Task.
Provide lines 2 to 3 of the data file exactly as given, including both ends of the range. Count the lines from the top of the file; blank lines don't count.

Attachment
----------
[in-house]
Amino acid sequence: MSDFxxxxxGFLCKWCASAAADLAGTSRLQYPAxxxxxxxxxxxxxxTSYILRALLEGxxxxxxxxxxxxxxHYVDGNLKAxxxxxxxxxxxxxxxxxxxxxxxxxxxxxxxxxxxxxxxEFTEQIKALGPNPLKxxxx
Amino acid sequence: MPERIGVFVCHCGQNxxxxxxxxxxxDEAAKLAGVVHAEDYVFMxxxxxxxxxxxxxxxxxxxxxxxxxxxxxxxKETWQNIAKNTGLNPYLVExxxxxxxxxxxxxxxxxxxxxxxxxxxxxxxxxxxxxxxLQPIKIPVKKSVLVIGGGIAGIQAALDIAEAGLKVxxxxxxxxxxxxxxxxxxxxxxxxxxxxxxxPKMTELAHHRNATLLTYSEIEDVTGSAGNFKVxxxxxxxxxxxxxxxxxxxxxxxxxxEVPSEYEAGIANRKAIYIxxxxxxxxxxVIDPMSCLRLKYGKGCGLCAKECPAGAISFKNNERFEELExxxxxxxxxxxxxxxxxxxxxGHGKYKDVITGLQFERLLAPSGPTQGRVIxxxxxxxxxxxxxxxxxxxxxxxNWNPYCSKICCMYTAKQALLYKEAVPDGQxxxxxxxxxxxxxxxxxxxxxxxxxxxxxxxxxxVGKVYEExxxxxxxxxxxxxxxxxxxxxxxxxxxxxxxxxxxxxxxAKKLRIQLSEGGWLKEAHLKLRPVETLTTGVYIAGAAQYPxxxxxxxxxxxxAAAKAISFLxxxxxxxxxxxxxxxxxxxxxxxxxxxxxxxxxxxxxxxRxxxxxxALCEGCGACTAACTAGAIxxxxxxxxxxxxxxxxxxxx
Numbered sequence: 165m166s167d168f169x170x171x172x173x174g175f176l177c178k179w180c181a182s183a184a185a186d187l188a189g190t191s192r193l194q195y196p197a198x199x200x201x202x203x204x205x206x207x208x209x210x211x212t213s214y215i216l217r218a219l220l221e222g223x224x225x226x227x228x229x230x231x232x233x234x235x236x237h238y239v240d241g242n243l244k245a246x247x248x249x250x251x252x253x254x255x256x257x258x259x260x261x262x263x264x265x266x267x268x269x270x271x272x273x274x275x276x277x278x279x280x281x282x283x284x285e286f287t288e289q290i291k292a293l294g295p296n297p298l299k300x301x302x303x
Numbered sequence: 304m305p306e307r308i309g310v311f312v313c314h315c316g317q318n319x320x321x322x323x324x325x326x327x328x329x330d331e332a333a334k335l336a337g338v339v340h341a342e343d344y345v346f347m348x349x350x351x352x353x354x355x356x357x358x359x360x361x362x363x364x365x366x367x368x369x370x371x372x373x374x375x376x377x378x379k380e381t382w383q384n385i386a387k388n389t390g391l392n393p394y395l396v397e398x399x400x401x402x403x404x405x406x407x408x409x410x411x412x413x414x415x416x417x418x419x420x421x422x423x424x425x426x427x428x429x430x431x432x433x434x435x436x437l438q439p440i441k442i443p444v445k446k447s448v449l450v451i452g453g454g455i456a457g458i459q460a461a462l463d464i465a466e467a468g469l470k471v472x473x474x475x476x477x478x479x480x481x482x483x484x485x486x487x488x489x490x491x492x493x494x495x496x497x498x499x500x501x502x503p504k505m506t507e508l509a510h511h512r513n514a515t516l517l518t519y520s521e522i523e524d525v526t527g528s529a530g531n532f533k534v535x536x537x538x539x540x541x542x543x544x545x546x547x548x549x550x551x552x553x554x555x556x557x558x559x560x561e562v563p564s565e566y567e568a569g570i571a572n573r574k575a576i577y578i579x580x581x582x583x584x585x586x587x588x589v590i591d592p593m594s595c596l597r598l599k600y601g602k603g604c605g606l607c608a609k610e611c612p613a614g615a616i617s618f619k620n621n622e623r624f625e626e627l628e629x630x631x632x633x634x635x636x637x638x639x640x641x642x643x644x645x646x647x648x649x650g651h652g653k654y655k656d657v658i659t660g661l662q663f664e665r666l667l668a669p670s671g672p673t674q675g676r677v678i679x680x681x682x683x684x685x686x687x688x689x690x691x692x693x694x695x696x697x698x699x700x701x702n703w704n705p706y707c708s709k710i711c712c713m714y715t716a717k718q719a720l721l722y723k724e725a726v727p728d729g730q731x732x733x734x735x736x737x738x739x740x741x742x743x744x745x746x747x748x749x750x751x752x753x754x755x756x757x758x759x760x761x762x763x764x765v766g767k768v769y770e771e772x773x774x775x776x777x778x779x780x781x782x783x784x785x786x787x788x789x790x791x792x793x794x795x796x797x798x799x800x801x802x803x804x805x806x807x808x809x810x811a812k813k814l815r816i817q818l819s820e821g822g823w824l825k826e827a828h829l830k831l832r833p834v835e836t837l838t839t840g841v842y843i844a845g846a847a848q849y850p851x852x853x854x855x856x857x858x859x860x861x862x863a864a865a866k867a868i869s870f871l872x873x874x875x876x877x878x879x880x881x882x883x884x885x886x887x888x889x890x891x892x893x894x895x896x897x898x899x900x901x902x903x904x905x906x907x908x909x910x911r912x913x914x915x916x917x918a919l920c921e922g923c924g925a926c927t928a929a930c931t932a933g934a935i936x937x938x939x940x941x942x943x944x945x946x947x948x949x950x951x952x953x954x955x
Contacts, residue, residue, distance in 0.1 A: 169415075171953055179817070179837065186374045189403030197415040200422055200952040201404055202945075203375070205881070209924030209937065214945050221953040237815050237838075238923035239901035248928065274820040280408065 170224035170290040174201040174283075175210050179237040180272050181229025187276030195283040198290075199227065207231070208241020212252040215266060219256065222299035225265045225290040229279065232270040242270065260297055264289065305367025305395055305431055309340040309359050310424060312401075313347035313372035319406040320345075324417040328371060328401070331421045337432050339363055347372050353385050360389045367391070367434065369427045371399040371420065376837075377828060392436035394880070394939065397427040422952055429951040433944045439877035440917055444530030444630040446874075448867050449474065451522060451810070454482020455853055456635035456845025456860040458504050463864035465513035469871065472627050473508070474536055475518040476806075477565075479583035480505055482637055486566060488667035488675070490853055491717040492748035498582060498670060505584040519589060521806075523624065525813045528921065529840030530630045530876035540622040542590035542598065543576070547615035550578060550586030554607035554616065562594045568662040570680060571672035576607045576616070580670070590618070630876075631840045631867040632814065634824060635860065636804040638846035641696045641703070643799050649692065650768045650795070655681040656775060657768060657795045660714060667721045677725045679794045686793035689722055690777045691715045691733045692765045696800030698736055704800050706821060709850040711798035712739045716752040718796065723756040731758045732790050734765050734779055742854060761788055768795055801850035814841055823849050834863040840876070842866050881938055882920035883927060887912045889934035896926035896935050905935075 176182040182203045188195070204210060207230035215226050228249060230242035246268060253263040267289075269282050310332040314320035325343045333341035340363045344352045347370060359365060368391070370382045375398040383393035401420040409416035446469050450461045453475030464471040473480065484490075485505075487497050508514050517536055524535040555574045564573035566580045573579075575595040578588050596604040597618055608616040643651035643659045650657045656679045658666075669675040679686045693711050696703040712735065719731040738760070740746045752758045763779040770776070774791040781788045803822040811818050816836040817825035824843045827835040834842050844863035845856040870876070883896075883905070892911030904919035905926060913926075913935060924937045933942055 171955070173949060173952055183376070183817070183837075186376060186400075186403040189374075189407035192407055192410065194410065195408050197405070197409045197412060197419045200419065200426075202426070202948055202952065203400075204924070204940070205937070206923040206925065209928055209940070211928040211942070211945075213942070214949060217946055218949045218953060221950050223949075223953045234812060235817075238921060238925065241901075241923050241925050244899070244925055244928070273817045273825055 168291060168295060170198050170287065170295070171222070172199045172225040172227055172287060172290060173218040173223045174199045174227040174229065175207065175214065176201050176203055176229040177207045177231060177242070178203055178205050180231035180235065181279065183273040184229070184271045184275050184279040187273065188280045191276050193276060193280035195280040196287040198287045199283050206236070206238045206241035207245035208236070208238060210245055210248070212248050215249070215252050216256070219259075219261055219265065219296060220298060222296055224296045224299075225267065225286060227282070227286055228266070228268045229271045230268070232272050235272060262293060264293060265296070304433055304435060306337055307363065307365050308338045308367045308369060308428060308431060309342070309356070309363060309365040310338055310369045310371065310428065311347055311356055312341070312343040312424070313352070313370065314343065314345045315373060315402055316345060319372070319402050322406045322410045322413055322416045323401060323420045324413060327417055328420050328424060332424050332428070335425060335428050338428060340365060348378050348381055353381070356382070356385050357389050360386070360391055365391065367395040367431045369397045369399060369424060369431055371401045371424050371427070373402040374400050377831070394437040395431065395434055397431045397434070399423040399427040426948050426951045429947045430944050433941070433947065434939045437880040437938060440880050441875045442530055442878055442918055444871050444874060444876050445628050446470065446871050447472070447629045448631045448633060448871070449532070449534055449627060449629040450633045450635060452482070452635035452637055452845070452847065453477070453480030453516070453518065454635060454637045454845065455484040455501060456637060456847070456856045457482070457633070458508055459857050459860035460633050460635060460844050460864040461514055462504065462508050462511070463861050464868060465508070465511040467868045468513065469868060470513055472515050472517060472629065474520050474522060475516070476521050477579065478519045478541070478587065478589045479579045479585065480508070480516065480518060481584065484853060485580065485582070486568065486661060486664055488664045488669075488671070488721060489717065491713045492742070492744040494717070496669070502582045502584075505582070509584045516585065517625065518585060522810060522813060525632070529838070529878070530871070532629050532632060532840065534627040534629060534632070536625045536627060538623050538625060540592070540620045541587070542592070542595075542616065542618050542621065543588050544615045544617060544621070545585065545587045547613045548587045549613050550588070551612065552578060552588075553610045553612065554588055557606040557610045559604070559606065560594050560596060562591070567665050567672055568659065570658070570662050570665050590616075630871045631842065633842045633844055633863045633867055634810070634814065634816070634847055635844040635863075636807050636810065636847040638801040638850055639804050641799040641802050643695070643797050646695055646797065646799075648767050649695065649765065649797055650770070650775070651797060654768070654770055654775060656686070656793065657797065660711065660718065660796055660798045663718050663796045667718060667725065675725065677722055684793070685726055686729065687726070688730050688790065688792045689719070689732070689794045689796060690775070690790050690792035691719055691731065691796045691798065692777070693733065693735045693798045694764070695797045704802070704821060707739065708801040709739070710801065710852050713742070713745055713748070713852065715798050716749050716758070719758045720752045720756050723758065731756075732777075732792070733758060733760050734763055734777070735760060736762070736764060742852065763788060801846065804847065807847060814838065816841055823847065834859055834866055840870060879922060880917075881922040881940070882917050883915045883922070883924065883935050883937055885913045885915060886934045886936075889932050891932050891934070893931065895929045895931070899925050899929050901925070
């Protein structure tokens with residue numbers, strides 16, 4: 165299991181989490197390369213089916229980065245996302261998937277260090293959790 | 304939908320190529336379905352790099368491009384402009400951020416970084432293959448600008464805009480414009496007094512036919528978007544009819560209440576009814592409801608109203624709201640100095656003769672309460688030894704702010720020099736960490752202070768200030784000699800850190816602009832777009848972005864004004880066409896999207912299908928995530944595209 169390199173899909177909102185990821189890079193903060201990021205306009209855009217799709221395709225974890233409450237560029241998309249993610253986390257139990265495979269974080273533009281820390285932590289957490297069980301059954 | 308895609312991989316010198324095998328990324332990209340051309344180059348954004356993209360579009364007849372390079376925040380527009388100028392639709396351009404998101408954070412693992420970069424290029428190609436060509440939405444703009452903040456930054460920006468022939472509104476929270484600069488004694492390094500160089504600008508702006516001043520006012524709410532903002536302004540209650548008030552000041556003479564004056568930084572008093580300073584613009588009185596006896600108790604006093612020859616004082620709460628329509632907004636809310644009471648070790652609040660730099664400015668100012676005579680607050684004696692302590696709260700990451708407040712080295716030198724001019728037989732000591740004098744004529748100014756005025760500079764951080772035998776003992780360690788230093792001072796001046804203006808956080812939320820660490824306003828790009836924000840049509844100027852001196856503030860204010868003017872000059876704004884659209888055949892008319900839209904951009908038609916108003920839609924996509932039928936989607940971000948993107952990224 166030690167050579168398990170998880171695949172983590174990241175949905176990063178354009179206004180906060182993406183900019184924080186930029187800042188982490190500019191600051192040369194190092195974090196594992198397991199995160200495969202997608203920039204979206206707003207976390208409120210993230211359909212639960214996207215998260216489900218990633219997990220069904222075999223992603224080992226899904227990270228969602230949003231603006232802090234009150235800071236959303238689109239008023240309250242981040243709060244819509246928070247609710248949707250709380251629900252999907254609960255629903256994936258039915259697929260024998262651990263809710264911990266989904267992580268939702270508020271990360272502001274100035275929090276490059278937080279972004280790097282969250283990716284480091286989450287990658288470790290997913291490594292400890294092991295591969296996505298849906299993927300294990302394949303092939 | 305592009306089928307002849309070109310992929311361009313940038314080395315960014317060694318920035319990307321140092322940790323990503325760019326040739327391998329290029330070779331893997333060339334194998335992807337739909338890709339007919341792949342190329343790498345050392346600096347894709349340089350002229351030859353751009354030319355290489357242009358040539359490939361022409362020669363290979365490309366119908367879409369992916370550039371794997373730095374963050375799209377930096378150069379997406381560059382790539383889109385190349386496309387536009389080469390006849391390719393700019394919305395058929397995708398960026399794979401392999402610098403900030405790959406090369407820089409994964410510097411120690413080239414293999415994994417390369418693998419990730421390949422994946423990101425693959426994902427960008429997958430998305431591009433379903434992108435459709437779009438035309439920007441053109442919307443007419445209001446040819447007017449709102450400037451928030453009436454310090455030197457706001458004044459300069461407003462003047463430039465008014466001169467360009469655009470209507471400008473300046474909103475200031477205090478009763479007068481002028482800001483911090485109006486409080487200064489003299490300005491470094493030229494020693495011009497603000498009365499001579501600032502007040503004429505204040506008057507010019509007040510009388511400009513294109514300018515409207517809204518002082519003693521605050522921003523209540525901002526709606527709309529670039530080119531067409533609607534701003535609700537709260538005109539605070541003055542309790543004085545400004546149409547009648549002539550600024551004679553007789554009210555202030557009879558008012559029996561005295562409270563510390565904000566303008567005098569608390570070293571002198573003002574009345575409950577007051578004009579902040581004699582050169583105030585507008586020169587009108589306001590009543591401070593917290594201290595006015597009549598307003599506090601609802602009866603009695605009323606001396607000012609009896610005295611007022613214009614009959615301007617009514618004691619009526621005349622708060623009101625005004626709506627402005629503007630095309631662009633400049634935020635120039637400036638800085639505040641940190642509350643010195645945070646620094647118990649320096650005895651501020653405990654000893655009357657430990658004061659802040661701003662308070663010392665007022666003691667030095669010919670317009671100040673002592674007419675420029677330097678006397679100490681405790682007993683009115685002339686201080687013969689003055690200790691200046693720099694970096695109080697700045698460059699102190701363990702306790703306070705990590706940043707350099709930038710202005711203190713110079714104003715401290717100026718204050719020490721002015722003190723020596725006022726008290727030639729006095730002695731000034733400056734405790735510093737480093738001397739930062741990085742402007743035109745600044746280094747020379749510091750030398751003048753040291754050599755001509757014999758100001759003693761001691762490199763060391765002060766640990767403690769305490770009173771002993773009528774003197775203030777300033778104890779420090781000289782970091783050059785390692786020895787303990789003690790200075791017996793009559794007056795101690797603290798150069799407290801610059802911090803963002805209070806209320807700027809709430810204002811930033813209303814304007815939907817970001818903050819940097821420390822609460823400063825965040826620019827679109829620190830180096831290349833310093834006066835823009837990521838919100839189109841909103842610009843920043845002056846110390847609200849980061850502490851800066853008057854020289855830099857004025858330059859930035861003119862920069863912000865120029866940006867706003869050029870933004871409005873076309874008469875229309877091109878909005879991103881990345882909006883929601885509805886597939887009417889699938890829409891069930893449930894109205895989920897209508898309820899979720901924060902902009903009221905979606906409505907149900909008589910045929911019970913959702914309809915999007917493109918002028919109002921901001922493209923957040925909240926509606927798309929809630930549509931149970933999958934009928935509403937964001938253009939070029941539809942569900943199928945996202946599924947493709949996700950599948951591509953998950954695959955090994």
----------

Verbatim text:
Amino acid sequence: MSDFxxxxxGFLCKWCASAAADLAGTSRLQYPAxxxxxxxxxxxxxxTSYILRALLEGxxxxxxxxxxxxxxHYVDGNLKAxxxxxxxxxxxxxxxxxxxxxxxxxxxxxxxxxxxxxxxEFTEQIKALGPNPLKxxxx
Amino acid sequence: MPERIGVFVCHCGQNxxxxxxxxxxxDEAAKLAGVVHAEDYVFMxxxxxxxxxxxxxxxxxxxxxxxxxxxxxxxKETWQNIAKNTGLNPYLVExxxxxxxxxxxxxxxxxxxxxxxxxxxxxxxxxxxxxxxLQPIKIPVKKSVLVIGGGIAGIQAALDIAEAGLKVxxxxxxxxxxxxxxxxxxxxxxxxxxxxxxxPKMTELAHHRNATLLTYSEIEDVTGSAGNFKVxxxxxxxxxxxxxxxxxxxxxxxxxxEVPSEYEAGIANRKAIYIxxxxxxxxxxVIDPMSCLRLKYGKGCGLCAKECPAGAISFKNNERFEELExxxxxxxxxxxxxxxxxxxxxGHGKYKDVITGLQFERLLAPSGPTQGRVIxxxxxxxxxxxxxxxxxxxxxxxNWNPYCSKICCMYTAKQALLYKEAVPDGQxxxxxxxxxxxxxxxxxxxxxxxxxxxxxxxxxxVGKVYEExxxxxxxxxxxxxxxxxxxxxxxxxxxxxxxxxxxxxxxAKKLRIQLSEGGWLKEAHLKLRPVETLTTGVYIAGAAQYPxxxxxxxxxxxxAAAKAISFLxxxxxxxxxxxxxxxxxxxxxxxxxxxxxxxxxxxxxxxRxxxxxxALCEGCGACTAACTAGAIxxxxxxxxxxxxxxxxxxxx